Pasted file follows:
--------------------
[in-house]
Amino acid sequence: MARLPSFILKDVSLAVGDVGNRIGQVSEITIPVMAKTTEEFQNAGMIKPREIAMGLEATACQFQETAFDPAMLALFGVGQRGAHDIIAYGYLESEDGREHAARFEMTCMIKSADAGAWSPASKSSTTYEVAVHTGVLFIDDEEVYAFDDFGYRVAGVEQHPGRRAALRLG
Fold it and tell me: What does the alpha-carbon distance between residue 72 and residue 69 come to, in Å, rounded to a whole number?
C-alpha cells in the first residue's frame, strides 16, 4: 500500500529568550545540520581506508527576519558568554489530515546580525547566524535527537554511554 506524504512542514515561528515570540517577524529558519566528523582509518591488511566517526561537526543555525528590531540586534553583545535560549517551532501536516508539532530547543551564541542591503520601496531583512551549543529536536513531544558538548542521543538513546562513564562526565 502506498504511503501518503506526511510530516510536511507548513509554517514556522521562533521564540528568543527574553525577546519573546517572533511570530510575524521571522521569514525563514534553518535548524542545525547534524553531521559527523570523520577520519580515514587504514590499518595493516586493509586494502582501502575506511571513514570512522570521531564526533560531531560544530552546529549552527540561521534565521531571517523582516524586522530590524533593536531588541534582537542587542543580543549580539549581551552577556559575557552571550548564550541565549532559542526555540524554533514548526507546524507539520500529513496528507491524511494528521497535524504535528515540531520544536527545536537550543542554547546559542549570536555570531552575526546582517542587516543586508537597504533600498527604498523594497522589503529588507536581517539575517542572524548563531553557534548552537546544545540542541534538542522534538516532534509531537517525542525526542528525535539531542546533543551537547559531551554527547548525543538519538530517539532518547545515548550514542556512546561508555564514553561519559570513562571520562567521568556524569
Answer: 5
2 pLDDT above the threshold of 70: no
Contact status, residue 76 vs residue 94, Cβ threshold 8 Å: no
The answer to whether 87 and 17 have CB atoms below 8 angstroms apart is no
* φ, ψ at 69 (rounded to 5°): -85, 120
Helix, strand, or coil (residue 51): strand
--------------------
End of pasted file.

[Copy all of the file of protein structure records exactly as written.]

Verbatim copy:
[in-house]
Amino acid sequence: MARLPSFILKDVSLAVGDVGNRIGQVSEITIPVMAKTTEEFQNAGMIKPREIAMGLEATACQFQETAFDPAMLALFGVGQRGAHDIIAYGYLESEDGREHAARFEMTCMIKSADAGAWSPASKSSTTYEVAVHTGVLFIDDEEVYAFDDFGYRVAGVEQHPGRRAALRLG
Fold it and tell me: What does the alpha-carbon distance between residue 72 and residue 69 come to, in Å, rounded to a whole number?
C-alpha cells in the first residue's frame, strides 16, 4: 500500500529568550545540520581506508527576519558568554489530515546580525547566524535527537554511554 506524504512542514515561528515570540517577524529558519566528523582509518591488511566517526561537526543555525528590531540586534553583545535560549517551532501536516508539532530547543551564541542591503520601496531583512551549543529536536513531544558538548542521543538513546562513564562526565 502506498504511503501518503506526511510530516510536511507548513509554517514556522521562533521564540528568543527574553525577546519573546517572533511570530510575524521571522521569514525563514534553518535548524542545525547534524553531521559527523570523520577520519580515514587504514590499518595493516586493509586494502582501502575506511571513514570512522570521531564526533560531531560544530552546529549552527540561521534565521531571517523582516524586522530590524533593536531588541534582537542587542543580543549580539549581551552577556559575557552571550548564550541565549532559542526555540524554533514548526507546524507539520500529513496528507491524511494528521497535524504535528515540531520544536527545536537550543542554547546559542549570536555570531552575526546582517542587516543586508537597504533600498527604498523594497522589503529588507536581517539575517542572524548563531553557534548552537546544545540542541534538542522534538516532534509531537517525542525526542528525535539531542546533543551537547559531551554527547548525543538519538530517539532518547545515548550514542556512546561508555564514553561519559570513562571520562567521568556524569
Answer: 5
2 pLDDT above the threshold of 70: no
Contact status, residue 76 vs residue 94, Cβ threshold 8 Å: no
The answer to whether 87 and 17 have CB atoms below 8 angstroms apart is no
* φ, ψ at 69 (rounded to 5°): -85, 120
Helix, strand, or coil (residue 51): strand